We work in bidding. Which is just a euphemism for selling. So, while many presentations are to amuse or educate or inform, ours are usually designed with only one purpose – to win. We think that gives us a handle on what really matters.
To start at the wrong end, what doesn’t matter is you. I’ll assume you can speak, look smart, and don’t have Tourettes, so you can be polite. But apart from that you don’t count. No one gives a damn about you. They can barely remember your name, and next week when they meet you again they will have to look you up on Linkedin to remind themselves what you look like. 90% of people we work with are middle aged men. I’m a middle aged man, and we all look the same and are almost completely unmemorable.
But Bill, I’m a fascinating person! I ran a marathon! I have 2.3 children. I’m an expert in the songs of Supertramp!
I’m sure you are, but NO ONE IS INTERESTED. Not when you’re selling.
Because they, the one’s with the money, the money you are after, only care about one thing.
How you can make them look good.
What is the outcome they most want? A successful project? A harmonious working relationship? A great team?
Yes…but. It really all comes down to making them look good.
They want to be seen in their organisation as being successful. That will lead to bonuses, promotion, a bigger house, that holiday in the Caribbean.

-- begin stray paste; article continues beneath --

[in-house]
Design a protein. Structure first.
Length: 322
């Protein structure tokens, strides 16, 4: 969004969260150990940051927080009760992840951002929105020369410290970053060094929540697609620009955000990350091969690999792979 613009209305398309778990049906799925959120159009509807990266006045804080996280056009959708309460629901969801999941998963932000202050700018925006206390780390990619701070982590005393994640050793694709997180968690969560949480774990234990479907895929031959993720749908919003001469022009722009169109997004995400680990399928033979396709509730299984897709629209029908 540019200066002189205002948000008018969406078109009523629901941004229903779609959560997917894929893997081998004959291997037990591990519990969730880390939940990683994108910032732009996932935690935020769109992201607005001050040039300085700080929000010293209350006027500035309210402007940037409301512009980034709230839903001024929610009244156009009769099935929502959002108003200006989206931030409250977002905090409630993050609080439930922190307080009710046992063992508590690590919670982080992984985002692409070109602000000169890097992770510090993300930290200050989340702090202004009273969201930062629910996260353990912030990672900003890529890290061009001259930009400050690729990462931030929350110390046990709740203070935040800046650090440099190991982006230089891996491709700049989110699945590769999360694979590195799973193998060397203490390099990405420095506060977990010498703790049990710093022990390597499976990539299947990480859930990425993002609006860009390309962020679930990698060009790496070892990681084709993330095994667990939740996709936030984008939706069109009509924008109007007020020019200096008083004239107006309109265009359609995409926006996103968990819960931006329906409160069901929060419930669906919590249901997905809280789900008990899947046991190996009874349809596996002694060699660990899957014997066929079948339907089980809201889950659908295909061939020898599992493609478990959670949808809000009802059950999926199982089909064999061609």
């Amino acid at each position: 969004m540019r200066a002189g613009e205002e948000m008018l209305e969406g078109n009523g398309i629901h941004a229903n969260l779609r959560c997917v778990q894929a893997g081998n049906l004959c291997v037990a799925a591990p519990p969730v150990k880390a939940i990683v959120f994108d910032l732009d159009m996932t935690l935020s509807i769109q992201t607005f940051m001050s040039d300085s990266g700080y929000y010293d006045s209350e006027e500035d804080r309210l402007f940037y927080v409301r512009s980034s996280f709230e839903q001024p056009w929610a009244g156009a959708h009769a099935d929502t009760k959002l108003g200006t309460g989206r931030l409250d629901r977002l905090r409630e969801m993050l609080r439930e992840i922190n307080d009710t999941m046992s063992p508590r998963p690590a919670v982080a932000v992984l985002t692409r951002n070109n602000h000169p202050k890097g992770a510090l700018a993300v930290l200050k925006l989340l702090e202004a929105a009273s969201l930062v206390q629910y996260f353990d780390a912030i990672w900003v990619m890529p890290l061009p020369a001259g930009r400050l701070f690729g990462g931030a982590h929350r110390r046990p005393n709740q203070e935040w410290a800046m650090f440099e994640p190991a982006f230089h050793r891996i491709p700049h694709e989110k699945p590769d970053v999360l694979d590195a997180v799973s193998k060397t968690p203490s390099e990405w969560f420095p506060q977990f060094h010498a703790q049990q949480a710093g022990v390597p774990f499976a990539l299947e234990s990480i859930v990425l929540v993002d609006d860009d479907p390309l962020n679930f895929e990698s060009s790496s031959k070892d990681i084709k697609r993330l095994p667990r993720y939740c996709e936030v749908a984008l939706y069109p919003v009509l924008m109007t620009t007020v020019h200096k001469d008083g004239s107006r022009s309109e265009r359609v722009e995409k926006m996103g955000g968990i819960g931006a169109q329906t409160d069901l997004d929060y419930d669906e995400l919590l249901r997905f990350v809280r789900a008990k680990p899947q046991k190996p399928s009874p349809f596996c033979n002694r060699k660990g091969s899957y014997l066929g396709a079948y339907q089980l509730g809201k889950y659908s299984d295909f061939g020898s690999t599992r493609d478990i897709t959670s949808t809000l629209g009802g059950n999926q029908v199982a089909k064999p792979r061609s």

So the biggest mistake in presentations is to think the client has asked you to talk about yourself. Right now in a hundred magnolia meeting rooms around the world, middle aged men are explaining in great detail about how their company works, how it organises itself, how it has been successful in the past and how it will be successful in the future. And facing them are thousands of bored people who are thinking, “When is he going to talk about me?”
So here is a simple rule for presentations.
Make every sentence you say about them. This is simple to do. You have to add the missing second half of the sentence.
“We have built 10 buildings just like the one you want us to build.”
Fail! So what? That’s just a fact. What is your point?
The point is that we have tons of experience which means we will be more efficient at building your building. OK, so try again….
“The good news is that we have built 10 buildings which have many similarities to this building, and that means we have learned valuable lessons which will allow us to deliver this for you on time and on budget.”
So the biggest mistake is missing out the second half of the sentence. The bit that makes absolutely explicit why you are the one who can make them look good.